In the past several years, the buzzword “self-care” has taken the world by storm. Books, magazines, news articles and social media posts proudly promote calming playlists, recipes and skincare routines, aiming to add a little bit of comfort to the chaos of life. It feels impossible to scroll through TikTok without seeing an influencer in a mud mask and fuzzy socks touting the importance of self-care.
One of Georgetown University’s foundational values is cura personalis, meaning “care of the whole person.” But how can someone practice this uniquely Georgetown version of self-care amid the workload of seemingly never-ending midterm seasons, social stressors and a pandemic? Connecting to their academic disciplines, students from Georgetown’s four schools have all found different ways to practice self-care.
The School of Foreign Service
Ana Ruiz (SFS ’22) likes to practice self-care by pushing beyond her comfort zone. To her, socializing and getting out into the world is a huge part of taking care of herself in the Walsh School of Foreign Service (SFS).
“As an extrovert, I like to meet with people, to make intentional time to meet with professors or other people I find interesting,” Ruiz said in an interview with The Hoya.
For Patty Robben (SFS ’25), stepping away from screens and school-related notifications and into nature for a brief moment is crucial for mental well-being.
“Going on walks and runs gives me time to reflect and disconnect,” Robben said in an interview with The Hoya.
The School of Nursing and Health Studies
Like Robben, Rupa Siva (NHS ’25) also enjoys running as a method of self care, as a student in the School for Nursing and Health Studies (NHS). Because of her health-focused studies, self-care is constantly on Siva’s mind.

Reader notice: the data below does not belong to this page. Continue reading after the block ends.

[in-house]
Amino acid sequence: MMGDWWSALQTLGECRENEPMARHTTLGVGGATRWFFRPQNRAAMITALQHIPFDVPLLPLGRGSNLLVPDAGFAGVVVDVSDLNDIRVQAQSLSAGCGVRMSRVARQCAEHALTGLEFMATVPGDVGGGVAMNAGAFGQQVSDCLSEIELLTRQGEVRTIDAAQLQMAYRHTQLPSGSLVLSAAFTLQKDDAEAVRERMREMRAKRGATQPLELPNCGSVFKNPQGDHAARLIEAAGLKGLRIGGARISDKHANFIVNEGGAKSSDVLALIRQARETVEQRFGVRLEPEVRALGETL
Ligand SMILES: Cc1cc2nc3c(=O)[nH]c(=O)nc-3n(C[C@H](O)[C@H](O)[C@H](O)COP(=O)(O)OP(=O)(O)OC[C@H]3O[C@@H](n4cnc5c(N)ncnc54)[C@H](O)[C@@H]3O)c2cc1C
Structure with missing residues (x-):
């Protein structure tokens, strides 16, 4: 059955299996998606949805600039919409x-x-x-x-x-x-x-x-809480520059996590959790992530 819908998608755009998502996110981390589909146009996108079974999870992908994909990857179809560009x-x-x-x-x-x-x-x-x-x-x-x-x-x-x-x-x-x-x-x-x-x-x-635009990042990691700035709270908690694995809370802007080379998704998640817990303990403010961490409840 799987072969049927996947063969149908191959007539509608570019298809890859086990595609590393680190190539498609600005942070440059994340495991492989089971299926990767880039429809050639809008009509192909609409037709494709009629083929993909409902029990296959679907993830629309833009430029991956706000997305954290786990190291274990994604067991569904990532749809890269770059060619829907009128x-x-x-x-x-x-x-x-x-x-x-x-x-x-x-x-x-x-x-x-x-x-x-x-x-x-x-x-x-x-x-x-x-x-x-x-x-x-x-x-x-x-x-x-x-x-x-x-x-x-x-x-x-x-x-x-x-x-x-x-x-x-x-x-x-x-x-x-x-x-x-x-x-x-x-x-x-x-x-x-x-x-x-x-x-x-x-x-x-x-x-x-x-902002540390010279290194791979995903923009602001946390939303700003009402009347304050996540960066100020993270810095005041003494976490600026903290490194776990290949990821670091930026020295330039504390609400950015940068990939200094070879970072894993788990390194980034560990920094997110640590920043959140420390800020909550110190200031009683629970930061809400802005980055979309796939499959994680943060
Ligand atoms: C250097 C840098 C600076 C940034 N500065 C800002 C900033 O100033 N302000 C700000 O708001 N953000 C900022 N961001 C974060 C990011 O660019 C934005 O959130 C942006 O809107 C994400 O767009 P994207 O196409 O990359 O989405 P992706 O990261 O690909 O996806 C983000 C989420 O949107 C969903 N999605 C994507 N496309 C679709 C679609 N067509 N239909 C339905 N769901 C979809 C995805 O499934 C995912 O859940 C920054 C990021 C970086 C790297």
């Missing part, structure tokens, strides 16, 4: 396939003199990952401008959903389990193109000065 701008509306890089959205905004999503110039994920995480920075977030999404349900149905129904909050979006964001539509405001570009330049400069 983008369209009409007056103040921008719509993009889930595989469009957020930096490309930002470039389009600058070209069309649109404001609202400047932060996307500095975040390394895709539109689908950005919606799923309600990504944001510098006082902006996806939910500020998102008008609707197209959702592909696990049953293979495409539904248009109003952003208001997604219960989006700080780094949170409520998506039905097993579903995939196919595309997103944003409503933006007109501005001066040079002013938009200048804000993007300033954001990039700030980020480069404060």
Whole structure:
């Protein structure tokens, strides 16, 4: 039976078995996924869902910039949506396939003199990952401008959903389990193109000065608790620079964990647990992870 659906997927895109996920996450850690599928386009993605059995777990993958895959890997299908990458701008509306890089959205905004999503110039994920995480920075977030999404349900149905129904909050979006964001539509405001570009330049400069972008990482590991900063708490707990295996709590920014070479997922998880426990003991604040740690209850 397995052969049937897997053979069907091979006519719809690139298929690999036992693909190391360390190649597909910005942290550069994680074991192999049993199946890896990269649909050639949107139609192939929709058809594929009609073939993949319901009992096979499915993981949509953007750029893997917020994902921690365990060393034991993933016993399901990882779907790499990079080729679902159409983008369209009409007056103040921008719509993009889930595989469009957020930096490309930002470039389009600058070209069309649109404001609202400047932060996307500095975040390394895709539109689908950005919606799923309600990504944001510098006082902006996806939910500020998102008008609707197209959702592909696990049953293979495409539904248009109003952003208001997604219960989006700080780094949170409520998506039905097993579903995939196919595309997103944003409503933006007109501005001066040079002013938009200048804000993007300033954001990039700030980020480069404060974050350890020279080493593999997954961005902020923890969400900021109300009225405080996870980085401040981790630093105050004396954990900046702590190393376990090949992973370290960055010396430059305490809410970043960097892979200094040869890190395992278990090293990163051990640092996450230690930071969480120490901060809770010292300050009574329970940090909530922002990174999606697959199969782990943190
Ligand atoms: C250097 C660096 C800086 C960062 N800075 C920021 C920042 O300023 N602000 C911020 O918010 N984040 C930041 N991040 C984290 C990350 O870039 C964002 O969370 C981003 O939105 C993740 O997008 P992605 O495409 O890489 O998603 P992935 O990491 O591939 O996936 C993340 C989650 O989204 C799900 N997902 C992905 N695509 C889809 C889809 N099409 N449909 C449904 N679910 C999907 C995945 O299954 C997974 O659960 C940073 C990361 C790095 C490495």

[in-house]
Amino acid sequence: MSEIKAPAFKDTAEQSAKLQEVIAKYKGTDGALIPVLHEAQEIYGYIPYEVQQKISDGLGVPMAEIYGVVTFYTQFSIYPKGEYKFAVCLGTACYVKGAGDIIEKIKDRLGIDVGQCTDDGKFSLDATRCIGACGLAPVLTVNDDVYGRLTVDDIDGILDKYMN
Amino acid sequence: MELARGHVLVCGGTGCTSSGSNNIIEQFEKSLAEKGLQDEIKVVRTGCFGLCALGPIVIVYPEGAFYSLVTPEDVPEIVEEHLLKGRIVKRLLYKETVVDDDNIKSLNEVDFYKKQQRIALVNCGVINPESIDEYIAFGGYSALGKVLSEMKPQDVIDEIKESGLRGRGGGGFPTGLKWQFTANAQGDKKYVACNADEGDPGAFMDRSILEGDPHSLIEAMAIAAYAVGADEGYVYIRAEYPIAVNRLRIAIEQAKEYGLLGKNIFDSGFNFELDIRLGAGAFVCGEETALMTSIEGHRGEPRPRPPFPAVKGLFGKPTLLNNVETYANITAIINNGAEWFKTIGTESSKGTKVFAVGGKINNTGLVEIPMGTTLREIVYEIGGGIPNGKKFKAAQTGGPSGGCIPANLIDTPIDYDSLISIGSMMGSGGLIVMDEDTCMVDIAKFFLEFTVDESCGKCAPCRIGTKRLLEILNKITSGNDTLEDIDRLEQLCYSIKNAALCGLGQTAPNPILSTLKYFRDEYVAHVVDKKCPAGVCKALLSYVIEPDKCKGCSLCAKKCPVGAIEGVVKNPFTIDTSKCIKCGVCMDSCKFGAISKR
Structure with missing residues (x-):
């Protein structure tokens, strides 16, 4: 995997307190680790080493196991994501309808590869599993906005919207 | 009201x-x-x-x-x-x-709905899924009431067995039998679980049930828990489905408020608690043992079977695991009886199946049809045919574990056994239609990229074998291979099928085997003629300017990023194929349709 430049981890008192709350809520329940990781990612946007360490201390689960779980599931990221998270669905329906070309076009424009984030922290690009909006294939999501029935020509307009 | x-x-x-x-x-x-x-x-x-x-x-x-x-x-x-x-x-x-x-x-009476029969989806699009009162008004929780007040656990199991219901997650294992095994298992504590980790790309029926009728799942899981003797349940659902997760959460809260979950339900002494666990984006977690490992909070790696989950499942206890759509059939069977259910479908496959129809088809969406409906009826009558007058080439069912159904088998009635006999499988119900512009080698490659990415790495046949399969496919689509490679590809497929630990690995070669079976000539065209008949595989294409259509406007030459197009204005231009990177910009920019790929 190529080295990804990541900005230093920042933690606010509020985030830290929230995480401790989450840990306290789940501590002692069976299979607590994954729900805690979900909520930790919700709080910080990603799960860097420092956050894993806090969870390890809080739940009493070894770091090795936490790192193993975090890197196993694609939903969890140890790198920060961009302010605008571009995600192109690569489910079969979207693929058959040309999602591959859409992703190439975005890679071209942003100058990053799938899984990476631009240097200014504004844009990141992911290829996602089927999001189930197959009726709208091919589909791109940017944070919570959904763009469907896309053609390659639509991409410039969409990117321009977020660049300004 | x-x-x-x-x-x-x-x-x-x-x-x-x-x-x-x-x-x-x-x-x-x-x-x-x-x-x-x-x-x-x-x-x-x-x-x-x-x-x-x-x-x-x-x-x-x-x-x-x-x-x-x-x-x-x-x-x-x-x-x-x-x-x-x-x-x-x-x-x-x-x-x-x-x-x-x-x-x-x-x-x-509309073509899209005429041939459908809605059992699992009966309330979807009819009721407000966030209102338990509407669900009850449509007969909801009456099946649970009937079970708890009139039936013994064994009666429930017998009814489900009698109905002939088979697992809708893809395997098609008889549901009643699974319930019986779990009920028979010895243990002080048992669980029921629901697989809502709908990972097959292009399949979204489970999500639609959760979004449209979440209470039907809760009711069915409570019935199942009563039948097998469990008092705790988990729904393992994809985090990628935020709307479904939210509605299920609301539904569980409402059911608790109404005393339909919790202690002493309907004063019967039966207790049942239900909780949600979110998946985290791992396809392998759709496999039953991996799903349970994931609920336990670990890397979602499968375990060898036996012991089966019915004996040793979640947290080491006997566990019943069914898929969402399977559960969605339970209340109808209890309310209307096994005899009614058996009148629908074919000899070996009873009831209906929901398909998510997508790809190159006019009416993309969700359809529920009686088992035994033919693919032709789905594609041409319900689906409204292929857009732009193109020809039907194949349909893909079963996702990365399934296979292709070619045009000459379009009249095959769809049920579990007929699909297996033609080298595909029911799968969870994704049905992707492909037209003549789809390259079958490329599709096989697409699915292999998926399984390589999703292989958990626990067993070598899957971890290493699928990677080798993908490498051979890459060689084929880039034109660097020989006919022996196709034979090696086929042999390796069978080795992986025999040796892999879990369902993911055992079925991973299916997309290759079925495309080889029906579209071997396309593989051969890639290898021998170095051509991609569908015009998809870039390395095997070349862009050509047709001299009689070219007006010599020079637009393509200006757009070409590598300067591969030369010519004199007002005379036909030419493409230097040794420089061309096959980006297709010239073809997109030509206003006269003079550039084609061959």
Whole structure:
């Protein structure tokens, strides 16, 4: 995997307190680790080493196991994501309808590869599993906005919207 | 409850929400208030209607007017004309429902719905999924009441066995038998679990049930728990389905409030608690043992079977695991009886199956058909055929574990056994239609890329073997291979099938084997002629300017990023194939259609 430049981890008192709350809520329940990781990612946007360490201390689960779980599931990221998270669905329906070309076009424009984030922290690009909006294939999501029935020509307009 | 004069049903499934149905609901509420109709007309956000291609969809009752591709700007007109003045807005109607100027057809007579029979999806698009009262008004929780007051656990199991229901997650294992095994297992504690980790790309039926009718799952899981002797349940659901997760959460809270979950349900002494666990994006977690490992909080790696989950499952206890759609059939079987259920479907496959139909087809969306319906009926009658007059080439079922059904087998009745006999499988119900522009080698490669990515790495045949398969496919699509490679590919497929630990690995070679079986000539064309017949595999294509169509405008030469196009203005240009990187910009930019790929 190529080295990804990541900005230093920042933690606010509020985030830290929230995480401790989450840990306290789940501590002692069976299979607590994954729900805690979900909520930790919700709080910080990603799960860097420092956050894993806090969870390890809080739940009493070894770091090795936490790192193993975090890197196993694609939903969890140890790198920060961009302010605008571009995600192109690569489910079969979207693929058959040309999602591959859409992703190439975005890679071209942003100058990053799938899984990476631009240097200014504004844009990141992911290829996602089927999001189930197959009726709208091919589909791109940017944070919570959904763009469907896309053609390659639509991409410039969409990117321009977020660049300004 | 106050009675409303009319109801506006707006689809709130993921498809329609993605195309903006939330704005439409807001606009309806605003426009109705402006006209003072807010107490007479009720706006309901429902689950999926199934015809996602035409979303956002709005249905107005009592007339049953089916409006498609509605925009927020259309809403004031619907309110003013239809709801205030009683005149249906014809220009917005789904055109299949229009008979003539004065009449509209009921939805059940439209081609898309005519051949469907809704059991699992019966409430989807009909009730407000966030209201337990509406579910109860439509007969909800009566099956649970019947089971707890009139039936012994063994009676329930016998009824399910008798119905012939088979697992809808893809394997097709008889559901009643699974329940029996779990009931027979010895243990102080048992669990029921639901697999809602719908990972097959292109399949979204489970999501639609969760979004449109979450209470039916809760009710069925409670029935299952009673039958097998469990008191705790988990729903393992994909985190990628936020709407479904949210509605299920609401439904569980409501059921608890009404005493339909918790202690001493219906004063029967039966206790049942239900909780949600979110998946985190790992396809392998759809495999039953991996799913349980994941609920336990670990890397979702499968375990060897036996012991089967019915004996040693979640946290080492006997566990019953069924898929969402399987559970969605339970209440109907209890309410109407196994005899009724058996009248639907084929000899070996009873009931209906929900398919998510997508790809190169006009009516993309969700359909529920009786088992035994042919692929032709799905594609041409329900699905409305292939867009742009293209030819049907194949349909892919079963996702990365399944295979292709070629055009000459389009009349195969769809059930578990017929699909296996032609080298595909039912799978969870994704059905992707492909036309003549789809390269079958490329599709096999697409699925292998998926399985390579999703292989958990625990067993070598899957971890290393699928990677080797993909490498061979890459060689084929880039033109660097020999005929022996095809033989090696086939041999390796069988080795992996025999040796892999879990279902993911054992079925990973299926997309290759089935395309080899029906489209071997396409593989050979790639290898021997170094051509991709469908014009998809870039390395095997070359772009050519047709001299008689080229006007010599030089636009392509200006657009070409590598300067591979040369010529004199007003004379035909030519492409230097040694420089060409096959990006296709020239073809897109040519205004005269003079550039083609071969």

“I usually hang out with my friends, go for a run, or eat a good meal because they are things that clear my mind and help me forget what I’m stressed about,” Siva said in an interview with The Hoya.
For students in the NHS, enjoying small moments within each day, from laughing with friends between classes to sitting down at Leo’s for dinner, can be a form of self-care. Just as Siva values the small moments, Bridgitte Isom (NHS ’24) seeks self-care by getting to sleep on time and listening to classical music.
“I try to be very disciplined about getting enough sleep. I usually am in bed by 11 p.m. and wake up at 7:30 a.m. Classical music is also something which helps me to destress and calm down,” Isom said in an interview with The Hoya.
The College of Arts and Sciences
Similarly, students in Georgetown College cite music that holds significance from younger years as an important element of their self-care routines.
“I love to listen to music from the early 2000s, specifically Adele, because it makes me nostalgic for happy childhood memories,” said Samantha Abbruzzese (COL ’23) in an interview with The Hoya.
In addition to listening to music, time with friends is another facet of self-care on campus which students in the College appear to be drawn to.
“I like to sit in the lovely spot behind the Healey Family Student Center that overlooks the Potomac and just relax and talk with friends,” Christina Landau (COL ’25) said in an interview with The Hoya.
The McDonough School of Business
In contrast, students in the McDonough School of Business (MSB) like to combine numerous forms of self care to create a comprehensive list of ways to take a mental health break. Syrena Foster (MSB ’23) offers four different components of her self-care routine.
“I like to work out, spend time with friends even when I know I have things due, make sure to eat, and get help when I need it,” she says.
Stress will always be an unpleasant reality in the lives of Georgetown students, but available resources, from professor office hours to talking with a mentor or counselor, can help alleviate daily stresses and worries.
Though the four Georgetown schools all differ in academic programs and career paths, Hoyas all practice self-care by taking time out of the day to enjoy the little moments of life and pausing to remember to take care of themselves even when school becomes overwhelming, leading to an overall happier Hilltop.